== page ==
Many have attempted to imitate the gospels, and have failed miserably.24 Yet 3 Nephi offers an authentic fifth Gospel which “complements and supplements the four biblical Gospels.”25 As Skinner pointed out, it is unique among Gospel accounts in possessing material “reviewed and edited by the Savior himself.”26
In the October 2016 General Conference, Brother Brian K. Ashton similarly taught, “Jesus’s visit to the Nephites after His Resurrection was carefully organized to teach us the things of greatest importance.”27 Thus, disciples of Christ can be confident that “3 Nephi contains those matters that the Savior himself felt were and are most important.”28
In July 1838, the Prophet Joseph Smith taught, “The fundamental principles of our religion are the testimony of the apostles and prophets concerning Jesus Christ, that he died, was buried, and rose again the third day, and ascended up into heaven.”29
President Ezra Taft Benson taught that the Book of Mormon, “is the keystone in our witness of Christ,”30 a point Elder Gary E. Stevenson reiterated recently.31 While the entire Book of Mormon is saturated with various testimonies of Christ, the Gospel of 3 Nephi is the preeminent reason that the Book of Mormon stands as a keystone witness of Christ’s divinity.
By detailing the post-resurrection appearance and ministry of Jesus Christ in the Americas, “3 Nephi stands as an independent witness of the linchpin doctrine of the entire Christian faith—the bodily Resurrection of the Lord Jesus Christ.”32 It is a Gospel, not of the mortal Jesus, but of the risen Lord.33 In a time of ever increasing skepticism about who Jesus was and who He claimed to be, the Book of Mormon, as LDS author Michael R. Ash observed, “is a unique second witness to the divinity of Christ and the reality of the Resurrection.”34
“Truly, 3 Nephi is worthy of the designation Fifth Gospel—the capstone of all Gospel accounts,” Skinner concluded.35 It is a Gospel the world desperately needs now—a Gospel which has the potential to soften hearts, change minds, and convert people unto the Lord. Skinner resolved, “For this Fifth Gospel we should be forever grateful and perhaps much more active in filling the earth with its contents.”36
Andrew C. Skinner, Third Nephi: The Fifth Gospel (Springville, UT: Cedar Fort, 2012).
Monte S. Nyman, Book of Mormon Commentary, 6 vols. (Orem, UT: Granite, 2003), volume 5.
John W. Welch, Illuminating the Sermon at the Temple and Sermon on the Mount (Provo, UT: FARMS, 1999).
Hugh Nibley, The Prophetic Book of Mormon, The Collected Works Hugh Nibley, Volume 8 (Salt Lake City and Provo, UT: Deseret Book and FARMS, 1989), 407–434.
- 1. President Gordon B. Hinckley, “Four Cornerstones of Faith,” Ensign, February 2004, online at lds.org. See also President Gordon B. Hinckley, “The Cornerstones of Our Faith,” Ensign, November 1984, online at lds.org.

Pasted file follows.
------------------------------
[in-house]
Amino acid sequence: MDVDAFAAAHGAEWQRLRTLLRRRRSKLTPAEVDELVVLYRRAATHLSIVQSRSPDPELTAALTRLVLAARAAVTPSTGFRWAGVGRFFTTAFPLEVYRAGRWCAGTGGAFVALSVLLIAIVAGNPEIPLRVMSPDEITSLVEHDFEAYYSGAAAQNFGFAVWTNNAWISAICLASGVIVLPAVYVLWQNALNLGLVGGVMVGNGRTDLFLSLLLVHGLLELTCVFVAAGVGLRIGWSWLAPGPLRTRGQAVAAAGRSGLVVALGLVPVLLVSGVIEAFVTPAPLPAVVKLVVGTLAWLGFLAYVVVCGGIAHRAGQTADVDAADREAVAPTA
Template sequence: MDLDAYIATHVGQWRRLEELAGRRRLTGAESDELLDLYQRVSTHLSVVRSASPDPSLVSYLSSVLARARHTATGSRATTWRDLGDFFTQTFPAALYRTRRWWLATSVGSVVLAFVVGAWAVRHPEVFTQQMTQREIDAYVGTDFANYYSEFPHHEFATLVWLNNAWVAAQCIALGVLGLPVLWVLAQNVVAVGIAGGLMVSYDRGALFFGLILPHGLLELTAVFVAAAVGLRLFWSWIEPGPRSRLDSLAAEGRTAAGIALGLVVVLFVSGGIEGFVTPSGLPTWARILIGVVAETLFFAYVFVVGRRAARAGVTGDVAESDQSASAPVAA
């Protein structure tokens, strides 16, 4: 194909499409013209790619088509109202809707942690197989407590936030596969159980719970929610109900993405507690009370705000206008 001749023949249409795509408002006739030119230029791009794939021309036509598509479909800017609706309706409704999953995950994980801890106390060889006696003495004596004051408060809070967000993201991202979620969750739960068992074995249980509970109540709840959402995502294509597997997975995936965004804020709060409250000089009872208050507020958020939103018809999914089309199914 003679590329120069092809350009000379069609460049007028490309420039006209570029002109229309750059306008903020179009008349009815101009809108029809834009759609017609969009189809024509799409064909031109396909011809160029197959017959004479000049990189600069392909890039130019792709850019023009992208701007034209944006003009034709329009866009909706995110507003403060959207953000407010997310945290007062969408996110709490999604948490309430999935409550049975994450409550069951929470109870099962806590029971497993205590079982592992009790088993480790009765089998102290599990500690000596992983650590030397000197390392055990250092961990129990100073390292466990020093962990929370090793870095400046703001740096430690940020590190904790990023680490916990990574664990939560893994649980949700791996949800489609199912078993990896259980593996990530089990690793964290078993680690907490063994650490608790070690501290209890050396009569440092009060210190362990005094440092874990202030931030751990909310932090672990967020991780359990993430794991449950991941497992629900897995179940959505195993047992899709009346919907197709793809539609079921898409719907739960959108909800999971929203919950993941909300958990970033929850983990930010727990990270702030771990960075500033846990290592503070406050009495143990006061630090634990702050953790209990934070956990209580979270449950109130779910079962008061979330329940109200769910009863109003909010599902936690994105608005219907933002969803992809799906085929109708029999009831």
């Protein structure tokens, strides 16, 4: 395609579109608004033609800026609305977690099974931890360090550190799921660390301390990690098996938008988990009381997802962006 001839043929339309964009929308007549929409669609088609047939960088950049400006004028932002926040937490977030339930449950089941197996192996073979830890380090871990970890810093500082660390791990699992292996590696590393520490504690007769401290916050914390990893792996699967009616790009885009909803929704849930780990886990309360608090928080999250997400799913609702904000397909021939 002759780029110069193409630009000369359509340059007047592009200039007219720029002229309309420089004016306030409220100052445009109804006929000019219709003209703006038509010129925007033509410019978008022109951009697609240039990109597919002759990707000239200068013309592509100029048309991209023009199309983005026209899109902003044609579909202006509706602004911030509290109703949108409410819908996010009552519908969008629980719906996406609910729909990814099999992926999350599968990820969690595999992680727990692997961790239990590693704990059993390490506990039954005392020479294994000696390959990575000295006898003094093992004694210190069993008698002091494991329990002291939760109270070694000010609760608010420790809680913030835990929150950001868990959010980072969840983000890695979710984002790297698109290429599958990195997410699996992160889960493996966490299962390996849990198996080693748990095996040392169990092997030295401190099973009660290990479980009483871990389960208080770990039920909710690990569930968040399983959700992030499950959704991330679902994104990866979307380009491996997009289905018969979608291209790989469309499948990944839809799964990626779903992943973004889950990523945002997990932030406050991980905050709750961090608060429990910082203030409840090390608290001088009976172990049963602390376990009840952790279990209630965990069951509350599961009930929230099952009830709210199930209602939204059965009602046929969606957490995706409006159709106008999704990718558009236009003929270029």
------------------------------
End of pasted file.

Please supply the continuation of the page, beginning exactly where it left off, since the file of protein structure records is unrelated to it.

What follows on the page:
- 2. See B. H. Roberts, Conference Report, April 1904, 16.
- 3. Gaye Strathern and Andrew C. Skinner, “Introduction,” in Third Nephi: An Incomparable Scripture (Salt Lake City and Provo, UT: Deseret Book and Neal A. Maxwell Institute for Religious Scholarship, 2012), viii: “All five Gospels testify that Jesus is the Christ, the Son of the living God. They are Gospels because they all declare the ‘good news’ that the atonement of Jesus Christ makes salvation available to all who come unto him with faith, repentance, baptism, the sanctifying power of the Holy Ghost, and by enduring to the end (3 Nephi 27:13–21).” Interestingly, according to Christopher M. Tuckett, “Within first-century Christianity, the term ‘gospel’ was used to refer to the Christian kerygma centering on in the death and resurrection of Jesus.” See Christorpher M. Tuckett, “Introduction to the Gospels,” in Eerdmans Commentary on the Bible, ed. James D. G. Dunn and John W. Rogerson (Grand Rapids, MI: Wm. B. Eerdmans, 2003), 989. In 3 Nephi 27:13–15, Jesus likewise defined gospel as centering on His death and resurrection, thus making the Book of Mormon usage authentic to the first-century AD. See also Andrew C. Skinner, “Jesus’s Gospel-Defining Discourse in 3 Nephi 27:13–21: Doctrinal Apex of His New World Visit,” in Incomparable Scripture, 281–307.
- 4. See Tuckett, “Introduction to the Gospels,” 990–993. See also Christopher Tuckett, “Gospel, Gospels,” in Eerdmans Dictionary of the Bible, ed. David Noel Freedman (Grand Rapids, MI: Wm. B. Eerdmans, 2000), 522–524; Mark Allan Powell, “The Gospels,” in HarperCollins Bible Dictionary, revised and updated, ed. Mark Allan Powell (San Francisco, CA: HarperOne, 2011), 338–340.